Figure 7. The test mixture chromatograms: TIC – red, m/z=276.0934 – green.
Figure 8. Mass accuracy plots for the PFTBA fragment ion C4F9+ while analyzing test mixture with ADC ON (top) and ADC OFF (bottom).
Figure 9. The results of the automatic analyte assignment based on accurate mass formula calculation: correct with ADC ON (left) and wrong with ADC OFF (right).
Example 2. Mass accuracy can still be provided by the GC-HRT hardware in many cases even without ADC implementation. This is often considered good enough for other vendors' high-resolution TOFMS. However, user confidence in the automatically reported results will be reduced with higher mass error.
The test mixture chromatogram is shown in Figure 10 with overlaid m/z=152.0620 ion chromatogram, corresponding to the molecular ion of acenaphtylene (C12H8), which is a part of the mixture. The automatic analytes assigning results (Figure 11) are basically the same with ADC ON or OFF – if the accepted mass error window is set to 5 ppm then the acenaphtylene is correctly assigned in the both sets of data.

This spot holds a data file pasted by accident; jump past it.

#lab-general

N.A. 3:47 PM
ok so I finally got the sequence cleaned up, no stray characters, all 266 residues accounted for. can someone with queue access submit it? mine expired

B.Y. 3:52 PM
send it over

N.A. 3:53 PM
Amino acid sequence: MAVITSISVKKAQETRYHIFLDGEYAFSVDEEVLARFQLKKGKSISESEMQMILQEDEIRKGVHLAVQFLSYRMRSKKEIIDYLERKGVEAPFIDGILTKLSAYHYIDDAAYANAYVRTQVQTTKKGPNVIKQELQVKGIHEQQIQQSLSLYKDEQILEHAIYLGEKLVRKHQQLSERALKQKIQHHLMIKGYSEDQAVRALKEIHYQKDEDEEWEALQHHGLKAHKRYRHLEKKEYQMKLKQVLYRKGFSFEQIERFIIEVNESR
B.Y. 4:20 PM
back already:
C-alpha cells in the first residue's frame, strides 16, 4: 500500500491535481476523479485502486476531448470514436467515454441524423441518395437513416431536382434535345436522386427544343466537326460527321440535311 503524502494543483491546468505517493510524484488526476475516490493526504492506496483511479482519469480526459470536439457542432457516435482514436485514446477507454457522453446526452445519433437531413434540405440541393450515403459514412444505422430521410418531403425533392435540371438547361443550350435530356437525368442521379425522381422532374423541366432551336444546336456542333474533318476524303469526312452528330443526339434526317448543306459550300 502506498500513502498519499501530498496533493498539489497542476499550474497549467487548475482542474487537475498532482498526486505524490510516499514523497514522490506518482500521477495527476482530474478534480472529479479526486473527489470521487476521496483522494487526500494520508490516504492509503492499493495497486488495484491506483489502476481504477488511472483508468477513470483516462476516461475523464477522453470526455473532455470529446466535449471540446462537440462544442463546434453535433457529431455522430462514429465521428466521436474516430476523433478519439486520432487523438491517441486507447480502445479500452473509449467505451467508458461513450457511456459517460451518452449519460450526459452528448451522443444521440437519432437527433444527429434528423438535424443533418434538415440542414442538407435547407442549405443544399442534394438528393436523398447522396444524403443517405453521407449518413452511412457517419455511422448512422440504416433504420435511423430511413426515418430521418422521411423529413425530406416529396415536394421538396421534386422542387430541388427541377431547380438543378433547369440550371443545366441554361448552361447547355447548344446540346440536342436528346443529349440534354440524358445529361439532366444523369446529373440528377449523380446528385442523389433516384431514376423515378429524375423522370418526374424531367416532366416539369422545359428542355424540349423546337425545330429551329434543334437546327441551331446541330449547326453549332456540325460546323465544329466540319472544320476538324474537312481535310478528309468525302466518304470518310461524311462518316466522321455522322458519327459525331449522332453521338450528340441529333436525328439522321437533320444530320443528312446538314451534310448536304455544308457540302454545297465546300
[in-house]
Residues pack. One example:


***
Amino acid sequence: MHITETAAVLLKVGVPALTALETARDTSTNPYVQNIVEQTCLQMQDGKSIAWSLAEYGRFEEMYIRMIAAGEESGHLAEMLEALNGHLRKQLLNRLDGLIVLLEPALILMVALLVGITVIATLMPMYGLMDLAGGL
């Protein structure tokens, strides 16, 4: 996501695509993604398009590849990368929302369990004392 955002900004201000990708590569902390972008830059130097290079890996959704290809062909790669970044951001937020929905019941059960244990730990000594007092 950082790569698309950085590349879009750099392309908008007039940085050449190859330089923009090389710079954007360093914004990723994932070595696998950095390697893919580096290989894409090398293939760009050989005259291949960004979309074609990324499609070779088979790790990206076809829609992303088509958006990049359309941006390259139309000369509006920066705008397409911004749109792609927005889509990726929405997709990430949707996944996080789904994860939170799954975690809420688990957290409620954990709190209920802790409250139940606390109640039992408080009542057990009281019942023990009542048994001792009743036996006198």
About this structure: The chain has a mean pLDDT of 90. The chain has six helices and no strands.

However, if a narrower mass error window is set, for example 2 ppm as recommended for analysis of complex mixtures, then the automatic peak assignment routine will not even include the correct analytes in the hit list while using accurate mass criteria. What’s more, the major advantage factor for analysis using high-resolution mass spectrometry is the option to apply high-mass accuracy criteria for analyte assignment.
Figure 10. The test mixture chromatograms: TIC – red, m/z=152.0620 – green.
Figure 11. The results of the automatic analyte assignment based on accurate mass formula calculation: mass error -0.36 ppm with ADC ON (left) and mass error -4.05 ppm with ADC OFF (right).
The Automatic Drift Correction (ADC) routine, applied in real-time during GC-HRT operation, facilitates significantly improved mass accuracy of the data and improved confidence of the analytes assignment using automatic data processing procedures.
- US Patent 9153424
This information has been sourced, reviewed and adapted from materials provided by LECO Corporation.
For more information on this source, please visit LECO Corporation.